Jimmy Gilmer lived in the apartment at Petty’s Clovis studio for a few years and knew Petty far better than I did. When asked if Petty had ever mentioned Miami Beach or the Fontainebleau Hotel, Jimmy replied in the negative while seeming a bit surprised by the substance of my question. I told him about the microphone distributor and the homeowner in Studio City, but it seemed Jimmy found these stories difficult to believe, and I’m not sure he did. But all of this is of little consequence other than the intriguing notion that Norman Petty, who was an overtly religious, married man, may have been gay, and if so, many of the singers, musicians, and songwriters who frequented his Clovis recording studio would be astonished by any such truth.

During the few months I worked for Petty we seldom communicated, but when we did it usually pertained to something minor—whether or not the light fixture he ordered had arrived, etc.—rather than substantive matters relating to the music business. When he and Vi visited Manhattan, not only did we share the company apartment, but I also was required to accompany Vi on her shopping expeditions. She was a nice lady, but I loathed shopping with her. Petty landed a recording contract for me with United Artists Records and soon Murray Deutch, head of United Artists Music, hinted his intention to hire me as a song-plugger and a songwriter. But by the fall of that year the job had not materialized and I’d become discouraged regarding future prospects with Petty. I returned to Amarillo to ponder my next move and shortly thereafter Murray Deutch called. “What are you doing in Amarillo? I want you to work for United Artists.” It was the beginning of a seven-year stint with U. A. music—three years in Manhattan and four as head of the west coast office in Hollywood—and the serious beginning of my professional music business education and experience.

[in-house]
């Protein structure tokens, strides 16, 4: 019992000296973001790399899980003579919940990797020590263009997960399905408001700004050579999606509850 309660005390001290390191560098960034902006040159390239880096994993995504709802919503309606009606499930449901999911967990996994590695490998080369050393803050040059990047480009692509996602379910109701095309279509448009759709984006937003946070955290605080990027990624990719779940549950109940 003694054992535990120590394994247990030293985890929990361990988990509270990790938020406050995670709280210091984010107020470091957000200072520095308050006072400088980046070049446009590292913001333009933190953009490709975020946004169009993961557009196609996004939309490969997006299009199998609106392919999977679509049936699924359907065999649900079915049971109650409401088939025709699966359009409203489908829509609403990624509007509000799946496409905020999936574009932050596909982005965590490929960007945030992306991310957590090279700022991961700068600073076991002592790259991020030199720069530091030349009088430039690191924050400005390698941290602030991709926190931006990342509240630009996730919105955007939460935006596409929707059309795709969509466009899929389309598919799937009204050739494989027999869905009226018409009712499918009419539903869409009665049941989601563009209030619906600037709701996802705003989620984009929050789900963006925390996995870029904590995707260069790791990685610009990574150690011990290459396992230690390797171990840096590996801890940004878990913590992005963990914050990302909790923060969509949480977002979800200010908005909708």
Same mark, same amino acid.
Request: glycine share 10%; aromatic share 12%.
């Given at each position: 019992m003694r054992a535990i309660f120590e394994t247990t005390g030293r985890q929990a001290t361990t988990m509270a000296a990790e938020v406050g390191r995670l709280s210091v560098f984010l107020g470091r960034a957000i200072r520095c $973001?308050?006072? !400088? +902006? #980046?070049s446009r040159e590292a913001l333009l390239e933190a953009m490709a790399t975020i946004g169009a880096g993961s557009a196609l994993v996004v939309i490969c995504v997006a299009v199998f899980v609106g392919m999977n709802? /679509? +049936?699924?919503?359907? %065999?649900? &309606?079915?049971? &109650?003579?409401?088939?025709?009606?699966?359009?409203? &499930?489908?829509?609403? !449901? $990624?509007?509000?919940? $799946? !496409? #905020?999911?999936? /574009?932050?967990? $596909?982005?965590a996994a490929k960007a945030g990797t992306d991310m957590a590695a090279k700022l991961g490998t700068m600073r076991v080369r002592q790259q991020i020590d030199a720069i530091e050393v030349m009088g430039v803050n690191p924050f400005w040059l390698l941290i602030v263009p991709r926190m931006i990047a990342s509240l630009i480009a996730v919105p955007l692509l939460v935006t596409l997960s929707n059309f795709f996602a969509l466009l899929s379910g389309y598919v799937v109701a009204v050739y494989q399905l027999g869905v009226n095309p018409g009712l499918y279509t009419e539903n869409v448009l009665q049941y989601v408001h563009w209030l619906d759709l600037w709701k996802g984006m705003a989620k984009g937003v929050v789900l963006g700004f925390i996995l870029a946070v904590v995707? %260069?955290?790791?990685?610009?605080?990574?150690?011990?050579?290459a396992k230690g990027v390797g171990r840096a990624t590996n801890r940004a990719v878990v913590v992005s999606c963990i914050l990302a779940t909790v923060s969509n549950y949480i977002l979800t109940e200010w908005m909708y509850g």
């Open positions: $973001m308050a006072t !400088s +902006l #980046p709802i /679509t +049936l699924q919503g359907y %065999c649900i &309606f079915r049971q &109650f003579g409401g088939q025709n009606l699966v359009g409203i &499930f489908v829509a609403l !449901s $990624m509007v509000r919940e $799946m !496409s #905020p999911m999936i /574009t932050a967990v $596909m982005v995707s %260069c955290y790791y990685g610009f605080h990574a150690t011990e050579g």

Jimmy Gilmer (Gilby) and I first met in about 1950 at ages nine or ten when we were fourth graders. After high school we each spent time at Norman Petty’s recording studio where as vocalist for the Fireballs, a rock band known for their instrumental chart records “Torquay” and “Bulldog,” Gilby recorded “Sugar Shack,” a #1 pop hit and the top-selling U.S. single in 1963, and “Bottle of Wine,” a Top Ten hit in 1967. Like his persona, Gilby’s vocal ability is richly blessed with colorful personality.

Petty and the Fireballs equally shared the expense of a company apartment in Manhattan, which Petty claimed was a cost-savings measure for the band’s visits there although the band visited just once, and Jimmy only twice, during the nine months I lived there. It’s possible that Petty was unfairly diverting some of the band’s royalties to his own benefit—a possibility difficult to dismiss given Gilby’s stated reason for one of his visits: “mainly to reap some of benefit from what I’m being charged.”